"If I told you what our music is really about we'd probably all get arrested" -- Bob Dylan 1965 "I think of myself as just a song and dance man" -- Bob Dylan, 1965 "Never trust the artist, trust the tale" - DH Lawrence, 1924 1965, a pivotal year and the transition from pop to rock, and songs which actually said something beyond boy-girl... > Read more

GETTING BACK MORE BEATLES (2023): Peter Jackson's video for Now and Then

4 Nov 2023  |  3 min read

In the last half of the Seventies when the tumult and litigation following the break-up of the Beatles had faded a bit, or at least was coming into some perspective, John Lennon had time to think. Without a recording contract and it seems not much interest in writing – although he was doubtless exaggerating when he said in 1980 he hadn't picked up a guitar in five years – Lennon... > Read more

Now And Then

THE CRASH OF THE NINETIES (2023): The lost promise of an Auckland rock band

4 Nov 2023  |  4 min read

The idea of a decade having a distinctive musical signature is a nonsense, obviously: the rock'n'roll Fifties didn't kick off until halfway through that decade; the Swinging Sixties lasted just a few years from 1965 then shivered itself to death in the face of the Manson murders and Altamont; the Seventies started with prog and hard rock and ended with disco and post-punk . . . and... > Read more

Peach Fuzz

MERMAIDENS, AT AUDIOCULTURE (2023): The journey into their new now

3 Nov 2023  |  1 min read

When Mermaidens opened for The Beths at the Auckland Town Hall in November 2020, the guy next to me – who knew about such things – said, “it reminds me of Fillmore West”. He was referring to the great San Francisco venue for psychedelic bands in the late 60s and was spot-on, because singers Gussie Larkin (guitar) and Lily West (bass) with drummer Abe Hollingsworth... > Read more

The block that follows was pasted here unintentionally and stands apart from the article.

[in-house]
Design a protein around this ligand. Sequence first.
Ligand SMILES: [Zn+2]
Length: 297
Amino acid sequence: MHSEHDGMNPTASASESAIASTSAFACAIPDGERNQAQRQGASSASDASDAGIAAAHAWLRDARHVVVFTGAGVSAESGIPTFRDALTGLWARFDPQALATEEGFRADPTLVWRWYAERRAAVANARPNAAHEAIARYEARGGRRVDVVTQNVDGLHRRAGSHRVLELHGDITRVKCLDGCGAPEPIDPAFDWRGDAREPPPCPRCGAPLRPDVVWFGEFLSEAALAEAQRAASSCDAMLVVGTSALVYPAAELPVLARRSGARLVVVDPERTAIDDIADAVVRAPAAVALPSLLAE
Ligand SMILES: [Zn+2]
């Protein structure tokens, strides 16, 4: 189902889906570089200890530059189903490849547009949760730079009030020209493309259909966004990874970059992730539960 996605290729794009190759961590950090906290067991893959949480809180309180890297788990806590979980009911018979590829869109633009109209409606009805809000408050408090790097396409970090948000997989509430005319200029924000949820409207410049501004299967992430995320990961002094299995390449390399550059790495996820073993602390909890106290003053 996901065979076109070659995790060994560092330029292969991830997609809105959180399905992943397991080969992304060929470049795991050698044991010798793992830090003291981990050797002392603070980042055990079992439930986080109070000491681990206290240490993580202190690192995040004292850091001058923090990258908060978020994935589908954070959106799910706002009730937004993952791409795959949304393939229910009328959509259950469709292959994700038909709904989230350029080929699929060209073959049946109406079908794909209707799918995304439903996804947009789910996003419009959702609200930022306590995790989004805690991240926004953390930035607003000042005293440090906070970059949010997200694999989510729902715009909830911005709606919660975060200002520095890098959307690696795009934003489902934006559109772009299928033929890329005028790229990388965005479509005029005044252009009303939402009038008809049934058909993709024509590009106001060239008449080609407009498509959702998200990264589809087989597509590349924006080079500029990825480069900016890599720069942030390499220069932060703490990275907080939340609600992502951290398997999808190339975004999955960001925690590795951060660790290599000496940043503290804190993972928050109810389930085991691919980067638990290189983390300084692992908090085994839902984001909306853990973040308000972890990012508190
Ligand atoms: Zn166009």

NOW THEN, IT'S THE BEATLES AGAIN? (2023): Then and now, Now And Then

3 Nov 2023  |  5 min read  |  1

For many years, rolling into decades even, whenever Paul McCartney was talking up another of his largely indifferent new solo albums he'd drop in the possibility that the lost Beatles' track Carnival of Light might perhaps get released. “You never know, you know,” became the refrain with a wink. Carnival of Light is the Holy Grail for Beatle fanatics, but the... > Read more

Now And Then

EVEN MORE PROVOCATIONS OF RATTLES (2023): In here and out there

2 Nov 2023  |  4 min read

In what seems like an enjoyably endless series, we again try to catch up with releases from Auckland's Rattle label which we scoop up under the favourable description “provocations”. It's a race to the finish line with their final releases for 2023. . Auckland Jazz Orchestra: Inverted One of the great gaps in readily available New Zealand music are the albums on Ode and... > Read more

DEAN WAREHAM of LUNA, INTERVIEWED (1994): If I can make it there, I can make it anywhere

30 Oct 2023  |  <1 min read

When there is time, Elsewhere will be sourcing a rich vein of its archival material which was published in various places during the Eighties and Nineties which are not available on-line. These will most often be reproduced as they appeared in print. Some may be a little fuzzy in the reproduction but we think the story or interview are worth it for researchers or fans. Best read on a... > Read more